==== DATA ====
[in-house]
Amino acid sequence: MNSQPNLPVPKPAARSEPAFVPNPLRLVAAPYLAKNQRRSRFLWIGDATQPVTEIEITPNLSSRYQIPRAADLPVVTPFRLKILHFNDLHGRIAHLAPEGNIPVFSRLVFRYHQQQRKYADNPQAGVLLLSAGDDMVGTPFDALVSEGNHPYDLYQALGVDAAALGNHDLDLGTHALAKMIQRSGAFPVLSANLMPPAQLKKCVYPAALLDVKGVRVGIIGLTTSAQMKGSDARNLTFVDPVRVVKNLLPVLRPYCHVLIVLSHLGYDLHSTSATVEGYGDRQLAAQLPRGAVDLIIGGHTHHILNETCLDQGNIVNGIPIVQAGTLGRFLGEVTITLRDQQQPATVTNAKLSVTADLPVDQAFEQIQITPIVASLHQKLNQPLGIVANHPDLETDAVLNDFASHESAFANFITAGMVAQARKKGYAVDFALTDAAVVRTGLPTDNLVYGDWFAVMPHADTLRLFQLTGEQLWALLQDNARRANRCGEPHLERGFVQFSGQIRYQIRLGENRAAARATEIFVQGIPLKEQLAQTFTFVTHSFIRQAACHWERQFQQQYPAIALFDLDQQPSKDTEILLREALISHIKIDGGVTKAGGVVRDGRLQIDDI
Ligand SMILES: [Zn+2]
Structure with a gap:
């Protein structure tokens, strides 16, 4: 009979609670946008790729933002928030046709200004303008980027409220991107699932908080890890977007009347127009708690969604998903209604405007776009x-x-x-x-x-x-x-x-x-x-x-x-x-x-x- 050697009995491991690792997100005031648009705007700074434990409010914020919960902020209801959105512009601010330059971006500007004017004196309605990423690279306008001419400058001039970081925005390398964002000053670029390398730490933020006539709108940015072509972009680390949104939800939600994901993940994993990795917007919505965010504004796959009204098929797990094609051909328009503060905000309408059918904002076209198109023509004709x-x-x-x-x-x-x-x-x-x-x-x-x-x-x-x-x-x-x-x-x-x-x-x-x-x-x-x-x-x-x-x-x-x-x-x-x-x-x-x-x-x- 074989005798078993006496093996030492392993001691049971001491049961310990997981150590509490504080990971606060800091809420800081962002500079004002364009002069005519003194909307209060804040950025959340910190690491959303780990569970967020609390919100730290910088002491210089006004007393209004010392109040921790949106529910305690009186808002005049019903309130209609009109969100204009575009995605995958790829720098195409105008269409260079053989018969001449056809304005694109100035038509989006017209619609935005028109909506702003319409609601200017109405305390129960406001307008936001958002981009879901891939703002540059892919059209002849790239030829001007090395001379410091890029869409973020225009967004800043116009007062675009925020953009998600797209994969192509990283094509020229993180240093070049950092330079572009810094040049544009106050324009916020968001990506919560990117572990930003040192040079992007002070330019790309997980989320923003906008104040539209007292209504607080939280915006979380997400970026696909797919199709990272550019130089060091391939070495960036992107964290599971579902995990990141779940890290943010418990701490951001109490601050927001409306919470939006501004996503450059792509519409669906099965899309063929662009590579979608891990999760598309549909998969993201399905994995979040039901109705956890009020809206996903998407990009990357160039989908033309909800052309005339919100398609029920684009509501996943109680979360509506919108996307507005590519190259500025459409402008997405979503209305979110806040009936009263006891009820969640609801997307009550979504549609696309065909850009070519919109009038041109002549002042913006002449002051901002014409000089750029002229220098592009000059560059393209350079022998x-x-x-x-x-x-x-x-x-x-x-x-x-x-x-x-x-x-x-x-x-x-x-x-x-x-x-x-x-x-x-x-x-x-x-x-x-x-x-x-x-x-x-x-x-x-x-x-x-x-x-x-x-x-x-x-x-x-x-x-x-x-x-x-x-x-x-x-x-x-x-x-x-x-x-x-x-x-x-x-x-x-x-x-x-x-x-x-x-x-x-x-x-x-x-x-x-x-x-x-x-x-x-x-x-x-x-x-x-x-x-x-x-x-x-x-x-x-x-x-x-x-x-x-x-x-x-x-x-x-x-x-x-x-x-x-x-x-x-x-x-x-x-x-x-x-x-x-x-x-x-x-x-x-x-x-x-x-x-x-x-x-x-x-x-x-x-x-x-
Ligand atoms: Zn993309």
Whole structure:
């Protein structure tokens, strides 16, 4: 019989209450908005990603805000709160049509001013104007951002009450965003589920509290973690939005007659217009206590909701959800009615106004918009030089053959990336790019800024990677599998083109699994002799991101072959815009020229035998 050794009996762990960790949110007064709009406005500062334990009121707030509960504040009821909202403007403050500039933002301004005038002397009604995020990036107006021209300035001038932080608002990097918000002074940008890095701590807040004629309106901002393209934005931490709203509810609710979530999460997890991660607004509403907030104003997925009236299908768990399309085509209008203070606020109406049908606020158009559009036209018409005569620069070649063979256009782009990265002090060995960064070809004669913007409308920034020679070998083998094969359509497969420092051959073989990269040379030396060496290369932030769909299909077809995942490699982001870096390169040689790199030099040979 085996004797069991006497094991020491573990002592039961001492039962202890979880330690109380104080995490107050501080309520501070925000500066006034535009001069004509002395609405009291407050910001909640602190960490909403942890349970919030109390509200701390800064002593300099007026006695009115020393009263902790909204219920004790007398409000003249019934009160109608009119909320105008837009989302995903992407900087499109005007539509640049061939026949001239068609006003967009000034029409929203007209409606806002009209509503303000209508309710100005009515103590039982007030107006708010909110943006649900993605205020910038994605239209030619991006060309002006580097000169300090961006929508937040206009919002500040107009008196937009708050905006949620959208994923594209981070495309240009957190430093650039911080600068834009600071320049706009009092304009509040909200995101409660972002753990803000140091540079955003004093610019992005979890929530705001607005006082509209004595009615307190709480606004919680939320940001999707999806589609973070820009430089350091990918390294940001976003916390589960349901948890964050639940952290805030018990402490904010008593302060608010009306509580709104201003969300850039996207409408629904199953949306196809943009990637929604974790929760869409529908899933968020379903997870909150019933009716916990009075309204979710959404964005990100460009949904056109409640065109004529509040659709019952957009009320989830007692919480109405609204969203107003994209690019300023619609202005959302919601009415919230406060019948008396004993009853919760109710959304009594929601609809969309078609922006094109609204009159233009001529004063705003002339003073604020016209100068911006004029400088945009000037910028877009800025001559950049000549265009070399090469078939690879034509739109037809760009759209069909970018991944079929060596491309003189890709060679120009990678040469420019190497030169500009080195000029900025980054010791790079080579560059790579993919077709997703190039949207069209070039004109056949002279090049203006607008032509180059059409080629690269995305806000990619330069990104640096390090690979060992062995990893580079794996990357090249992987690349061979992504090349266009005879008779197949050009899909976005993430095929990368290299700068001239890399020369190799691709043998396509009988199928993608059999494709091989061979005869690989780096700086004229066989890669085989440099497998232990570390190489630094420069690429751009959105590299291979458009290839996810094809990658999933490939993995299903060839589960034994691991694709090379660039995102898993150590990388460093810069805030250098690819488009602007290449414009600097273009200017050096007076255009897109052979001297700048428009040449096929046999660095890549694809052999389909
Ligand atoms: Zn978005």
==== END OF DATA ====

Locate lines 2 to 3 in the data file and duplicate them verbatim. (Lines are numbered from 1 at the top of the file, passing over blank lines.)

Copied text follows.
Amino acid sequence: MNSQPNLPVPKPAARSEPAFVPNPLRLVAAPYLAKNQRRSRFLWIGDATQPVTEIEITPNLSSRYQIPRAADLPVVTPFRLKILHFNDLHGRIAHLAPEGNIPVFSRLVFRYHQQQRKYADNPQAGVLLLSAGDDMVGTPFDALVSEGNHPYDLYQALGVDAAALGNHDLDLGTHALAKMIQRSGAFPVLSANLMPPAQLKKCVYPAALLDVKGVRVGIIGLTTSAQMKGSDARNLTFVDPVRVVKNLLPVLRPYCHVLIVLSHLGYDLHSTSATVEGYGDRQLAAQLPRGAVDLIIGGHTHHILNETCLDQGNIVNGIPIVQAGTLGRFLGEVTITLRDQQQPATVTNAKLSVTADLPVDQAFEQIQITPIVASLHQKLNQPLGIVANHPDLETDAVLNDFASHESAFANFITAGMVAQARKKGYAVDFALTDAAVVRTGLPTDNLVYGDWFAVMPHADTLRLFQLTGEQLWALLQDNARRANRCGEPHLERGFVQFSGQIRYQIRLGENRAAARATEIFVQGIPLKEQLAQTFTFVTHSFIRQAACHWERQFQQQYPAIALFDLDQQPSKDTEILLREALISHIKIDGGVTKAGGVVRDGRLQIDDI
Ligand SMILES: [Zn+2]